Wednesday, August 12, 2015

US Defense Contractors in Kuwait - Read This

Ah, you can smell it in the air... the adrenaline is running a little higher.  The twitch of an eye.  The discreet American business development people quietly filtering through Kuwait International Airport with their heads down, as if not to attract attention. ("Who do you work for?") The increase of American guests at the Hilton....

That's right... KBOSSS is up for re-bid this year.
(More on KBOSSS to follow below)

This post relates to employee rights for people working on US military contracts in Kuwait.  What you should know. What you're probably not being told.  It is relevant now, as this 5-year contract will attract more employees to Kuwait who probably have no clue what to ask for and/or expect. Relevant also for those who have been working 18 hour days (as an example) on the current contract, and have never been paid overtime.

I posted several articles previously regarding how foreign companies (non-Kuwaiti that is) handle overtime to their employees and enforcement of the Kuwait Labor Law.  To date, most companies do not comply/work in accordance with local law (even though they specifically state on ALL US Government contracts that they are).  Why not?  Because if they wrote overtime into their proposals, the prices would increase dramatically.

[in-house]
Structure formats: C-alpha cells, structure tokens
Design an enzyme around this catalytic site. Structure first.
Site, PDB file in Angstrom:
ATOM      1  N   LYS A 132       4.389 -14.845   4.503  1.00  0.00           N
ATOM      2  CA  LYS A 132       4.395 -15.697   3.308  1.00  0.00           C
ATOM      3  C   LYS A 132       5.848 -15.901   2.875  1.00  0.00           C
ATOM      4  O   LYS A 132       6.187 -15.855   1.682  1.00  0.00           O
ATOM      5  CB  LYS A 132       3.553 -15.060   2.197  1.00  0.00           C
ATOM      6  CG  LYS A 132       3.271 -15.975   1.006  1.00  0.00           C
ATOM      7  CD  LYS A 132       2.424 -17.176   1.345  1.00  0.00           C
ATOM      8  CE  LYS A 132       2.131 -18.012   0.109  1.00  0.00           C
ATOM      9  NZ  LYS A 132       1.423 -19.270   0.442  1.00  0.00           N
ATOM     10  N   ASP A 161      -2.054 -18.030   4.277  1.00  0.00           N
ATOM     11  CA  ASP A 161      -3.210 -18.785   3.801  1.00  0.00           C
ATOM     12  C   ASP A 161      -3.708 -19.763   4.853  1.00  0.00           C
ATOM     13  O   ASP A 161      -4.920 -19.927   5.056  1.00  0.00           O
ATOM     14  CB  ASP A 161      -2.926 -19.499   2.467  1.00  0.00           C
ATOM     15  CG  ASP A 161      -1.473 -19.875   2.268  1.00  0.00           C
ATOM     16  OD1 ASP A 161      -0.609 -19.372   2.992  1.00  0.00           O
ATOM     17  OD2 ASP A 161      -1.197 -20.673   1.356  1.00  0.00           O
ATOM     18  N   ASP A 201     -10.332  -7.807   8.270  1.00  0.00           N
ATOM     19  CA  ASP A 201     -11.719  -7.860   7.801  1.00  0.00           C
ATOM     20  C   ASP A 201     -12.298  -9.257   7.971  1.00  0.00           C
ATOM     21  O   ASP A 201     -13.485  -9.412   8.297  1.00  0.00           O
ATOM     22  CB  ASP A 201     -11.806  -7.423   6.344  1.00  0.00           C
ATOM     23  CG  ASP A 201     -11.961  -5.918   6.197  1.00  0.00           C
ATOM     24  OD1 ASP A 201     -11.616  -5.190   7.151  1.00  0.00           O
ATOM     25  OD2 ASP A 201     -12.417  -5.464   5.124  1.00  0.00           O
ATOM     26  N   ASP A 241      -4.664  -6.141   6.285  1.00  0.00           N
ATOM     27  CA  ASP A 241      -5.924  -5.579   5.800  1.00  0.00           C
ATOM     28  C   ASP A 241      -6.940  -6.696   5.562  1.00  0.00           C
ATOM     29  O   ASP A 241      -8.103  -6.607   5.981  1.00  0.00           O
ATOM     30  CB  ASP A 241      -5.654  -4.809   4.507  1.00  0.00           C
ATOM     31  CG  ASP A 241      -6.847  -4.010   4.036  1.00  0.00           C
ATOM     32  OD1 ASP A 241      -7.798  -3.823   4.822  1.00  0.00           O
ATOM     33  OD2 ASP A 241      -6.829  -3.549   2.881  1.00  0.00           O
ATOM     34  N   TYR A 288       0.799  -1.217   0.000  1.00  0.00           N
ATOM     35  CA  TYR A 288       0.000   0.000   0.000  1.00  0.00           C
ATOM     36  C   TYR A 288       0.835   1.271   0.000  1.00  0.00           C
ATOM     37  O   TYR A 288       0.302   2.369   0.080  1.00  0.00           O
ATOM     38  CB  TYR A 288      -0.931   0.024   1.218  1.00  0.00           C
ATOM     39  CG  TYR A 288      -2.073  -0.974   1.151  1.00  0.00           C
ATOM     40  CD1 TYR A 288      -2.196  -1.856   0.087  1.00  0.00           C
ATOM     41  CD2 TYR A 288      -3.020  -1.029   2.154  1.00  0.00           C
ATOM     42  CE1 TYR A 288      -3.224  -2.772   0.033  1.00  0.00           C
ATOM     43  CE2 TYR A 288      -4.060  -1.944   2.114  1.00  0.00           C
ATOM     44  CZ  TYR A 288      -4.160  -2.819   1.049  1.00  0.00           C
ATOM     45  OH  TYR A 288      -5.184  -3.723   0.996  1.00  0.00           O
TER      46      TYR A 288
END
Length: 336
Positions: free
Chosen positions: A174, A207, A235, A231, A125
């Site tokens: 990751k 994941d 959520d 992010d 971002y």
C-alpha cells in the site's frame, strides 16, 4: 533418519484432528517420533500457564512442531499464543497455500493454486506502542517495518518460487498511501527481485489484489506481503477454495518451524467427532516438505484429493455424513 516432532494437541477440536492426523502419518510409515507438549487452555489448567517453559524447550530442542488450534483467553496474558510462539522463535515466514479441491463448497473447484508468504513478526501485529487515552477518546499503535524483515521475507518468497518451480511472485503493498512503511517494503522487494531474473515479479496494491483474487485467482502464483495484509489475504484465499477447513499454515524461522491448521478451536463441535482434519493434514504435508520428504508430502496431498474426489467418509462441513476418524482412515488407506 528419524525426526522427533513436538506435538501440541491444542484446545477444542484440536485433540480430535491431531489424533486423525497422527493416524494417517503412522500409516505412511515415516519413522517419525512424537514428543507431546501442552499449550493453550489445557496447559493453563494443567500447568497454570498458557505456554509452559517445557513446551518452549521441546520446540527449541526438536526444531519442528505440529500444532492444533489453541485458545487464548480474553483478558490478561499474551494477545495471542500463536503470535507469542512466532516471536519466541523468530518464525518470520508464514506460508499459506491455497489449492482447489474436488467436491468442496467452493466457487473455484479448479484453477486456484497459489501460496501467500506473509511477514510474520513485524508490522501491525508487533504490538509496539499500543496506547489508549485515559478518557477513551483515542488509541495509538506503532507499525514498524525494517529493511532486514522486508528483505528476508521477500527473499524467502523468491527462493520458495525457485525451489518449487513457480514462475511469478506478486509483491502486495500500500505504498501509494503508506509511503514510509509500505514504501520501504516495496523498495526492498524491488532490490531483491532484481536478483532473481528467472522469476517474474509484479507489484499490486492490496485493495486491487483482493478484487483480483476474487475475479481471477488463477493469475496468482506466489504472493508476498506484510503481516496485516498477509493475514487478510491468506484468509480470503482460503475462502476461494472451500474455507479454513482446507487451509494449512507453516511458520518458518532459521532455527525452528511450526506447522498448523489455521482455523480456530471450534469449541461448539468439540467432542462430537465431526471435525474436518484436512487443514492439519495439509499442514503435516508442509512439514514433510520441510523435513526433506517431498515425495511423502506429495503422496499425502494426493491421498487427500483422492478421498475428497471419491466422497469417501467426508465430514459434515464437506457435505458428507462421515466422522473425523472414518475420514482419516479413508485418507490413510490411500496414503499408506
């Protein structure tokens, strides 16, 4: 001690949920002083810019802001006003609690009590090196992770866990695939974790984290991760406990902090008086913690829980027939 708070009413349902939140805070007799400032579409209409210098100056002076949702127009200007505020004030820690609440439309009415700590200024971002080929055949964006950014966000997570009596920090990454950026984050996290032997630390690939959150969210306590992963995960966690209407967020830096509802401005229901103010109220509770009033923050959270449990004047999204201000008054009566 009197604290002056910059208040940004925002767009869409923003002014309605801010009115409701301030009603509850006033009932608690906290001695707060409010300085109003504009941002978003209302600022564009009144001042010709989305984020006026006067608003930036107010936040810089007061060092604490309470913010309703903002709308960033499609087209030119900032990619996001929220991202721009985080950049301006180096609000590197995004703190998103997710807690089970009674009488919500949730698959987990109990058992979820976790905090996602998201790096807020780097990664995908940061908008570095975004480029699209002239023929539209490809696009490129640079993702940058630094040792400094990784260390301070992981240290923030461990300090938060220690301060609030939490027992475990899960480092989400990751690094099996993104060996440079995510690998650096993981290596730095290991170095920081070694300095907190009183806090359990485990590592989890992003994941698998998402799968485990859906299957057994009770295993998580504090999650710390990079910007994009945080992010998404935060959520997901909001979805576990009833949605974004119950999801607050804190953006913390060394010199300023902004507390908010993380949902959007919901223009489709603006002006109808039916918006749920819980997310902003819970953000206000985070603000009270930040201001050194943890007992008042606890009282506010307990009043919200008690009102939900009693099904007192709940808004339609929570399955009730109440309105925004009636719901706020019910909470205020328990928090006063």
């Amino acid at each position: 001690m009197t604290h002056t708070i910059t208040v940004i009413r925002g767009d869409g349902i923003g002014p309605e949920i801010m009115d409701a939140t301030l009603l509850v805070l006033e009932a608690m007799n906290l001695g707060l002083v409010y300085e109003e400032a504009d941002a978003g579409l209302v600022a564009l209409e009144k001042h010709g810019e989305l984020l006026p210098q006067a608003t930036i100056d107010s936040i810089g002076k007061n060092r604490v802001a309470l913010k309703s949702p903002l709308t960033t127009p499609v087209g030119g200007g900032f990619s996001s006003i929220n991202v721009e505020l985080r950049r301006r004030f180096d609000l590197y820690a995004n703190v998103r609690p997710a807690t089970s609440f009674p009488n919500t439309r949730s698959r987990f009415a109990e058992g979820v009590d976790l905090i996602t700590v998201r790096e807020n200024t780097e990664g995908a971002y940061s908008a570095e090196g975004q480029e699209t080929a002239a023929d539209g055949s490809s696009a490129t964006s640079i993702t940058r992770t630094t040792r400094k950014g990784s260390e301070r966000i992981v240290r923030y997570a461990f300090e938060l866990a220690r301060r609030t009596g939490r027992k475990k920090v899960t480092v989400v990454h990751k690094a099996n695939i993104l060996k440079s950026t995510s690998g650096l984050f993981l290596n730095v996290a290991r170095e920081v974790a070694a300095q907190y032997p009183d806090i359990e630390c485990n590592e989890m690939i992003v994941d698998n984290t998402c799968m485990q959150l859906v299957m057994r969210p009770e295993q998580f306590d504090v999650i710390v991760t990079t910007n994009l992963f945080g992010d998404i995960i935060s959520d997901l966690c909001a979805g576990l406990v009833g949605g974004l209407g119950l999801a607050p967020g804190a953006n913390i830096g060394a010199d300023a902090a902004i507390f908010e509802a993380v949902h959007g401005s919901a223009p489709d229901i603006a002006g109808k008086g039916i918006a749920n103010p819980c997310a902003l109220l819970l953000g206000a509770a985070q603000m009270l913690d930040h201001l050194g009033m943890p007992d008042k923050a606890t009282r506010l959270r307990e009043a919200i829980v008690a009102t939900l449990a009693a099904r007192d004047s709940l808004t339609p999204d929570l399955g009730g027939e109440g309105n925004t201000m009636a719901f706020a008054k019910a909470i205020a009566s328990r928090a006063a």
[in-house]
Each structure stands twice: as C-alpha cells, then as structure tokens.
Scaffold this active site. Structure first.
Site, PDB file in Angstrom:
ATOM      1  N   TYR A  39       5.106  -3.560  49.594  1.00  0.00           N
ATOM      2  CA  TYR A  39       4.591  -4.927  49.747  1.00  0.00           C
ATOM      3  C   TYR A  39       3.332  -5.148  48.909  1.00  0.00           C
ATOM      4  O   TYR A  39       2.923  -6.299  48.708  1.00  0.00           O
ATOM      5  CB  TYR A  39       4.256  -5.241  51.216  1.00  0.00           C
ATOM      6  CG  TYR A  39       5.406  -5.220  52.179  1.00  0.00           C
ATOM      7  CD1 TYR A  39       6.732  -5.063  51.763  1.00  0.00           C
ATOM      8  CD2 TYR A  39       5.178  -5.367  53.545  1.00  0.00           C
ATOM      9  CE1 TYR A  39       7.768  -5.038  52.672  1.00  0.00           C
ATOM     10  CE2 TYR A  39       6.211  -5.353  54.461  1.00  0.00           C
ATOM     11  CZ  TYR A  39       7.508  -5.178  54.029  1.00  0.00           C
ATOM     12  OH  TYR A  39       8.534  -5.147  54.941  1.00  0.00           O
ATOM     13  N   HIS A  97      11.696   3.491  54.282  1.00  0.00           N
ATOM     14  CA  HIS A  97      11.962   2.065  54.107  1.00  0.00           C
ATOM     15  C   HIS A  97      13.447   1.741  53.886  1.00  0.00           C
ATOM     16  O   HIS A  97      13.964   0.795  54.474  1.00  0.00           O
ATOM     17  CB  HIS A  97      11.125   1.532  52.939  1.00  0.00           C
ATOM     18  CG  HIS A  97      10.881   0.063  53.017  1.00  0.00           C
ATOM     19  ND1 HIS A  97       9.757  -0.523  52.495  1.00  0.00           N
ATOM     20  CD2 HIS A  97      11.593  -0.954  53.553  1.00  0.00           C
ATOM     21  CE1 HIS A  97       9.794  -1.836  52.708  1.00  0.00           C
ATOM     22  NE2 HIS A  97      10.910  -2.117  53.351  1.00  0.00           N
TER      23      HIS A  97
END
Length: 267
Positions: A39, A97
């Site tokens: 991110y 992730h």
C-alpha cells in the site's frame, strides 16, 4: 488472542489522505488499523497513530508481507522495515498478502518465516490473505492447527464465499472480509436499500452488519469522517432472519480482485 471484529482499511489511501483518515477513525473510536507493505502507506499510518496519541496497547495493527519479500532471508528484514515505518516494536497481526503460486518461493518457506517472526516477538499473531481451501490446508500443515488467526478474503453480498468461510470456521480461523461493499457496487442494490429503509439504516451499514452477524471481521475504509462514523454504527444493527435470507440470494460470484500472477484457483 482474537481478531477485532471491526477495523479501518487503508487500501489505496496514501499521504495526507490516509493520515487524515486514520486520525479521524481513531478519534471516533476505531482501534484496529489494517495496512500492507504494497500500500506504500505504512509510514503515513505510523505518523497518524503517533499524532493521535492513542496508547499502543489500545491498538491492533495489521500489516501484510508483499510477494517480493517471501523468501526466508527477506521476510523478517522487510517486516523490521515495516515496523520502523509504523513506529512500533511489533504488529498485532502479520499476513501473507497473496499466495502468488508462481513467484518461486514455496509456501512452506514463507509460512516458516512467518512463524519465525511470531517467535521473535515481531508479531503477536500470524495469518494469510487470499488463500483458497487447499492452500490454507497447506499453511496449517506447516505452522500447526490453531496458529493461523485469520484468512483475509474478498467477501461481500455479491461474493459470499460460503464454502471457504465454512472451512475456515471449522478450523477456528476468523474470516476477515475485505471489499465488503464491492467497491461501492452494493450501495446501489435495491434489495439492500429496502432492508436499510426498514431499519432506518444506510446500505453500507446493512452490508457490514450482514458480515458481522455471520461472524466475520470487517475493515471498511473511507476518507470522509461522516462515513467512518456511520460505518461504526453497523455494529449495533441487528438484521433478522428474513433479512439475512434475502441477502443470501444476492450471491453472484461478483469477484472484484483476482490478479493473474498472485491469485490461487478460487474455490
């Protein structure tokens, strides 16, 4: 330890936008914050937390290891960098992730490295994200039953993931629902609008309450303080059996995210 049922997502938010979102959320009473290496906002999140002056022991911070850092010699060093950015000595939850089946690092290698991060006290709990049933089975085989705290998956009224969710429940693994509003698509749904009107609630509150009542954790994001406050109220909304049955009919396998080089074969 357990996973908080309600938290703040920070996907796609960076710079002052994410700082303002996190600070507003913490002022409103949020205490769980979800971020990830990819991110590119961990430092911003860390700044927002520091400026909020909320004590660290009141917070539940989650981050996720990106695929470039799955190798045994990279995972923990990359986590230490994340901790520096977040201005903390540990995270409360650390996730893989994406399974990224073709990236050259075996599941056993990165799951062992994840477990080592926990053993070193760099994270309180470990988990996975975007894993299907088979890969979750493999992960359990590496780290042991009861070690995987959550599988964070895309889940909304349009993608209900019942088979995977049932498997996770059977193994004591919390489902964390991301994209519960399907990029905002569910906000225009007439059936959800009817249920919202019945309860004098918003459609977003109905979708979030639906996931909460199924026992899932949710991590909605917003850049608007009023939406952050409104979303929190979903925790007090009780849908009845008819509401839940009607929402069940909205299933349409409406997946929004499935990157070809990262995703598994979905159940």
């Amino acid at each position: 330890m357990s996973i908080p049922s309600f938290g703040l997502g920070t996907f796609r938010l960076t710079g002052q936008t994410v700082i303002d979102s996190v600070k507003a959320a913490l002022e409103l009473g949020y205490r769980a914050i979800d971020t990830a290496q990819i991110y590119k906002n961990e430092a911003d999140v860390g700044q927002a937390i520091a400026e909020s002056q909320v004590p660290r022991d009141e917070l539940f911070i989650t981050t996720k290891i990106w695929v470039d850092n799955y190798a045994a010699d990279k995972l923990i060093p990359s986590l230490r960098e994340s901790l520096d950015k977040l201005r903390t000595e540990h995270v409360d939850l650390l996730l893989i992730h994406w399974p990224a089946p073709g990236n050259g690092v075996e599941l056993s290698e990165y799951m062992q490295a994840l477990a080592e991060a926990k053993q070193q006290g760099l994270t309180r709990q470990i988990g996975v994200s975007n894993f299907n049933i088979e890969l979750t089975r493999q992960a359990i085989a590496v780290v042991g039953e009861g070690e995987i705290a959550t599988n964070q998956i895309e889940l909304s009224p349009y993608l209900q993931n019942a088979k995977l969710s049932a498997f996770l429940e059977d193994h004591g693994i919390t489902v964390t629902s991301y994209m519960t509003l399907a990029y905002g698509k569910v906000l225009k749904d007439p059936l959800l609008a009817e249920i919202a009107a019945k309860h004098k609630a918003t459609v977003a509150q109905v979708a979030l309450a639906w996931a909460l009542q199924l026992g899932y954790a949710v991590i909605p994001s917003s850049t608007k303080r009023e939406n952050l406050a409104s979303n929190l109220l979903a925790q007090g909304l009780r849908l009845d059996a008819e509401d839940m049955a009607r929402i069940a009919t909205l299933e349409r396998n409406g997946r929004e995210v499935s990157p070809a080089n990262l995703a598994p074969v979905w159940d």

Also, there is a cap on overtime an employee is ALLOWED to work in Kuwait:  180 hours per YEAR (not week/month).  YEAR.  If you're working more than this, it is illegal.

Anyhoo, here are several previous posts on the Kuwait Labor Law and how it applies to folks hired to work here:

 (American Girl's World Post) Americans Seek Dues Per Kuwait Labor Law (Update)

Kuwait Base Operations & Security Support Services (KBOSSS)

KBOSSS is not the only US military contract in Kuwait, but it is one of the largest;  employing a majority of Western contractors.

Contract Summary

The KBOSSS contract covers peripheral services to the US Military that can be completed by one single large contractor (called the “prime contractor”) and subcontracted to local or international vendors.  The prime contractor must be large enough to be able to handle the entire workload of the contract.  The contract covers all US military installations in Kuwait.

Areas of Coverage of the KBOSSS Contract

The major functional areas of this contract include but are not limited to:

  • Administrative Publications
  • Postal Services
  • Operations
  • Logistics (DOL) – Travel, lease vehicles
  • Safety
  • Information Management Systems
  • Engineering (DPW)
  • Medical Services
  • Installation Support (Morale, Welfare, and Recreation – MWR)
  • Security and Fire (DES) 

Civilian Entitlements 

Through local and international law, the following entitlements are basic to employees working on US Military installations in Kuwait:

Article 18 Visa – In order to be badged (granted access to work on bases/camps), employees must have a valid Kuwaiti Article 18 visa.  (That means that they are covered under the Kuwait Labor Law.)

Kuwait Labor Law Entitlements.  Specifically overtime stipulations (Article 66):

The local labor law, Kuwait Labor Law, is very specific as to the number of hours each employee can work and sets a cap on the number of hours per week and per year that an employee can work:

Kuwait Labor Law Overtime Stipulation: